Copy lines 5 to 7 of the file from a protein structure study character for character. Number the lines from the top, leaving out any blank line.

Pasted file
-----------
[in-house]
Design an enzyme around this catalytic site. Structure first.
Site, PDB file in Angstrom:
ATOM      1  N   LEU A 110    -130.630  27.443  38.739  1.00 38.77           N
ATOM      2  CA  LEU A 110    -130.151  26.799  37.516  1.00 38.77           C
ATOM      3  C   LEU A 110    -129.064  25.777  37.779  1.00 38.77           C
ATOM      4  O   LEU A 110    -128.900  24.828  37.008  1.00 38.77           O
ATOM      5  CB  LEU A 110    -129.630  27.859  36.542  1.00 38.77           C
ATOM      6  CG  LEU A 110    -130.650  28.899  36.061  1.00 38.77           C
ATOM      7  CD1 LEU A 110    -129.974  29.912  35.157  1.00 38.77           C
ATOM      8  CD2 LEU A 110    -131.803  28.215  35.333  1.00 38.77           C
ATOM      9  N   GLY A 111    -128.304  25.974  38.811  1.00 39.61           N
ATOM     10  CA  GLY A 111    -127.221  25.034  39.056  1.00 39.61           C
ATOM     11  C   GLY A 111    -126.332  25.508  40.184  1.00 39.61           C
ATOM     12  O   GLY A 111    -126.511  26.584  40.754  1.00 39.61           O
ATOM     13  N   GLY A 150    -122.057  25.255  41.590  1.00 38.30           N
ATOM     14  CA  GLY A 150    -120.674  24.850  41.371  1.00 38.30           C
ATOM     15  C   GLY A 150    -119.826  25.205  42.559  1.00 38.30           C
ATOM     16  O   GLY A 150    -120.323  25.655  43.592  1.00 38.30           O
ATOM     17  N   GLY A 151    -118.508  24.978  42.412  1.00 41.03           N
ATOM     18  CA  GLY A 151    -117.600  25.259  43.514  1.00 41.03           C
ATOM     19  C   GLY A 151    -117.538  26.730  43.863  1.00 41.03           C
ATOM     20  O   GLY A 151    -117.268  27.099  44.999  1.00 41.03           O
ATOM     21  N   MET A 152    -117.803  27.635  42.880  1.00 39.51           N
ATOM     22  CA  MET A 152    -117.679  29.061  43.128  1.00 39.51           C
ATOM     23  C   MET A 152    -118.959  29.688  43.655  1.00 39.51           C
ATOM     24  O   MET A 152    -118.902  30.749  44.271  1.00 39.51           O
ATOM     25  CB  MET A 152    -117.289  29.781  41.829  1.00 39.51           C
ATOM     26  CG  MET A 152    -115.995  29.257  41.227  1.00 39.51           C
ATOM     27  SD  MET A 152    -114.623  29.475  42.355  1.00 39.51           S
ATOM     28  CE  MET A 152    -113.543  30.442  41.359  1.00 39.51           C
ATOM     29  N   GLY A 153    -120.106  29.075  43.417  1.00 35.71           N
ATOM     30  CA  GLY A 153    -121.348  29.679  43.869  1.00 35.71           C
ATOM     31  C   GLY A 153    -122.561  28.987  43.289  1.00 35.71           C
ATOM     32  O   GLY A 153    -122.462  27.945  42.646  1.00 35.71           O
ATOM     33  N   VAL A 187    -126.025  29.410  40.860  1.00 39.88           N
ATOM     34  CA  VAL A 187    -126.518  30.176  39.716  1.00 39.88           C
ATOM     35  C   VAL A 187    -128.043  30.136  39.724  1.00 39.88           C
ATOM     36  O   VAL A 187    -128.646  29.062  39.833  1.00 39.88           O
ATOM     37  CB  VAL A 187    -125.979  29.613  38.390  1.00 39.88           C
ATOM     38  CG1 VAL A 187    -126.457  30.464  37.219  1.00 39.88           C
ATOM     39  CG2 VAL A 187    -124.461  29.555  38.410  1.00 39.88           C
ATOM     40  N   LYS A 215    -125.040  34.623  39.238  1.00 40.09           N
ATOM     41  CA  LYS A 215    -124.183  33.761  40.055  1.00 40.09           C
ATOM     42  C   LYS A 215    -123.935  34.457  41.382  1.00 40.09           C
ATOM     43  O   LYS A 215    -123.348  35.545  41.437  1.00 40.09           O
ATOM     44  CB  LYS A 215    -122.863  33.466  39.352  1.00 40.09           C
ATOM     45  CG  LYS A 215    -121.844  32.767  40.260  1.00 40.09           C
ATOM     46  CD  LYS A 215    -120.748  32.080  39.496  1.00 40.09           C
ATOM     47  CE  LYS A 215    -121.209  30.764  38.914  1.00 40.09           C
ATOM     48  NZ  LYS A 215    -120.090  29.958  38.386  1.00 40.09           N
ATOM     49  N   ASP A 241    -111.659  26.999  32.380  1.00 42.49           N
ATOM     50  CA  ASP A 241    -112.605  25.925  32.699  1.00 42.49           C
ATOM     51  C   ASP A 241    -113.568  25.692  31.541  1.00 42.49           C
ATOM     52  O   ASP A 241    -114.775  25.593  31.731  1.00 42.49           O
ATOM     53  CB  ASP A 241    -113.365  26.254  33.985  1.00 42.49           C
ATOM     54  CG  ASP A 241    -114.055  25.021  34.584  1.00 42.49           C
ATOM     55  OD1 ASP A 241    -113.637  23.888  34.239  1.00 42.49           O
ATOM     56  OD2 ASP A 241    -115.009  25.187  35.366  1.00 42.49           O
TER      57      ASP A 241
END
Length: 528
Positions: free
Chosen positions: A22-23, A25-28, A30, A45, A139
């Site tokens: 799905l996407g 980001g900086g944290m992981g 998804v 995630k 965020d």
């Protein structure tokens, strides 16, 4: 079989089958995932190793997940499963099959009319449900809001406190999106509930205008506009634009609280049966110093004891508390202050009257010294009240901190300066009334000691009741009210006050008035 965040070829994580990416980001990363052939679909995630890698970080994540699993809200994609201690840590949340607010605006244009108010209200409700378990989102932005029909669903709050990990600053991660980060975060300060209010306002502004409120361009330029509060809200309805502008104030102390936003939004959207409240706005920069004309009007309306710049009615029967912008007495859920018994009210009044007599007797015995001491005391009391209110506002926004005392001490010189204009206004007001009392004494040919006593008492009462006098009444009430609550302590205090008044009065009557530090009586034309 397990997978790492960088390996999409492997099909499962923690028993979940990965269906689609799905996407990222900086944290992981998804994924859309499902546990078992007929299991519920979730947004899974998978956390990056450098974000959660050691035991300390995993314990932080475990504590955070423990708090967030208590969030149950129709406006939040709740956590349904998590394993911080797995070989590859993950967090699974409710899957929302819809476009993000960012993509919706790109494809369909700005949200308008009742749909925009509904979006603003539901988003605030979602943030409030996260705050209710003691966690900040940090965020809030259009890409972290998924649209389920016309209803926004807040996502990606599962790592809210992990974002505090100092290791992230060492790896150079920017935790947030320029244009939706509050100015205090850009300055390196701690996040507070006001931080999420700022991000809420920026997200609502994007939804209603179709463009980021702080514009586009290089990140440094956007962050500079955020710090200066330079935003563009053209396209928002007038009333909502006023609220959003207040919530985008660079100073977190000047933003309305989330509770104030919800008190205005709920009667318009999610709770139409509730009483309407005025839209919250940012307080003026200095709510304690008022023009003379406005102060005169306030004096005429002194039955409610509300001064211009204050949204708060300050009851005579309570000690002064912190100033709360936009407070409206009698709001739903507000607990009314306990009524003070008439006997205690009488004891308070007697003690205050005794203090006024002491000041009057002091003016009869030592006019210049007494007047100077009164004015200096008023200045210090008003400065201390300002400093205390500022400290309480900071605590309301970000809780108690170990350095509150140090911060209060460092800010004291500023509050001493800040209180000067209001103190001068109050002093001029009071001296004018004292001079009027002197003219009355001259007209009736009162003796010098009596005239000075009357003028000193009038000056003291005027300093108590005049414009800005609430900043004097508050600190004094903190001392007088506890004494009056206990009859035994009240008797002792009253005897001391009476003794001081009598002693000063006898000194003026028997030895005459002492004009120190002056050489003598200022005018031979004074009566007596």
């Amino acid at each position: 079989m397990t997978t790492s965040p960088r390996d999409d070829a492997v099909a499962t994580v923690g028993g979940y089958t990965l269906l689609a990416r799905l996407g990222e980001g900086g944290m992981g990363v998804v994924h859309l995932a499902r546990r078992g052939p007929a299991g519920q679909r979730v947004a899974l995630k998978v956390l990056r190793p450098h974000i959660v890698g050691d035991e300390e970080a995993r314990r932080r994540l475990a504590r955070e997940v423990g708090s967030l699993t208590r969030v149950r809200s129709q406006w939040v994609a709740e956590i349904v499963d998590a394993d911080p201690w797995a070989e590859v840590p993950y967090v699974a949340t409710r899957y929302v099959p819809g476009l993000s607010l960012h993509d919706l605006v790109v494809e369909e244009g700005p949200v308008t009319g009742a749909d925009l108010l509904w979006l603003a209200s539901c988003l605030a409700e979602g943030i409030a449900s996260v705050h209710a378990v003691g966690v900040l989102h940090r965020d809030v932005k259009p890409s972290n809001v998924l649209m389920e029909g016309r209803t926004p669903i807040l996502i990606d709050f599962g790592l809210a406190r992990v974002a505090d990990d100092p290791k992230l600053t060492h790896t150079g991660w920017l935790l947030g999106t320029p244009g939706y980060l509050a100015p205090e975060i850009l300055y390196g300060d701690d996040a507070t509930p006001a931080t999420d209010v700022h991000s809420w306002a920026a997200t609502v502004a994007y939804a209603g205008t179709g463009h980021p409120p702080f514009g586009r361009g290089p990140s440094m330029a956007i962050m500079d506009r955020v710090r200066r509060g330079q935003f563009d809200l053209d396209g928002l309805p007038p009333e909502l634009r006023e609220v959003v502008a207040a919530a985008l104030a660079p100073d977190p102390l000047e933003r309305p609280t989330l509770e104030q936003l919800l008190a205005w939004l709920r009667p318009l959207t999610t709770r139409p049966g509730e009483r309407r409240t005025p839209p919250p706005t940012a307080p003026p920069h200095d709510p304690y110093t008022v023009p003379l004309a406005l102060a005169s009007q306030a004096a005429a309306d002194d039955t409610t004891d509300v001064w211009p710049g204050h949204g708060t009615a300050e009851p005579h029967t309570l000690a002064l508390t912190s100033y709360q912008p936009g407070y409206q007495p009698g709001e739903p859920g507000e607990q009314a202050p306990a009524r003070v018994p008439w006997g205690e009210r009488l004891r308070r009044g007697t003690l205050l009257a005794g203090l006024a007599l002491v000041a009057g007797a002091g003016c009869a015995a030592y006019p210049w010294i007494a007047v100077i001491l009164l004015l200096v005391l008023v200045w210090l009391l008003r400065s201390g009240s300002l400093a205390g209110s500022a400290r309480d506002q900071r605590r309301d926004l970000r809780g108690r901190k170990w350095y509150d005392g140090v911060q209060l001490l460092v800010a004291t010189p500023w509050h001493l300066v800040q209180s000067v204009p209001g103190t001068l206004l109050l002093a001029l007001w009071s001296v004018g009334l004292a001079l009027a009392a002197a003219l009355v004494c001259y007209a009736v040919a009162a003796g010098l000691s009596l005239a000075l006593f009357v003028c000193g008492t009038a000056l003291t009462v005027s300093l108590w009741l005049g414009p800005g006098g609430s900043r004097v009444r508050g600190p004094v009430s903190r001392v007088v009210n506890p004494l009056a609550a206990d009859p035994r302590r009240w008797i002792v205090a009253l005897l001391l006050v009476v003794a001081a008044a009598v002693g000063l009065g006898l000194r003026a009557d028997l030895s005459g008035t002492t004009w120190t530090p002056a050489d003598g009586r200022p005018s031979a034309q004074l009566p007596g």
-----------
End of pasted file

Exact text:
ATOM      2  CA  LEU A 110    -130.151  26.799  37.516  1.00 38.77           C
ATOM      3  C   LEU A 110    -129.064  25.777  37.779  1.00 38.77           C
ATOM      4  O   LEU A 110    -128.900  24.828  37.008  1.00 38.77           O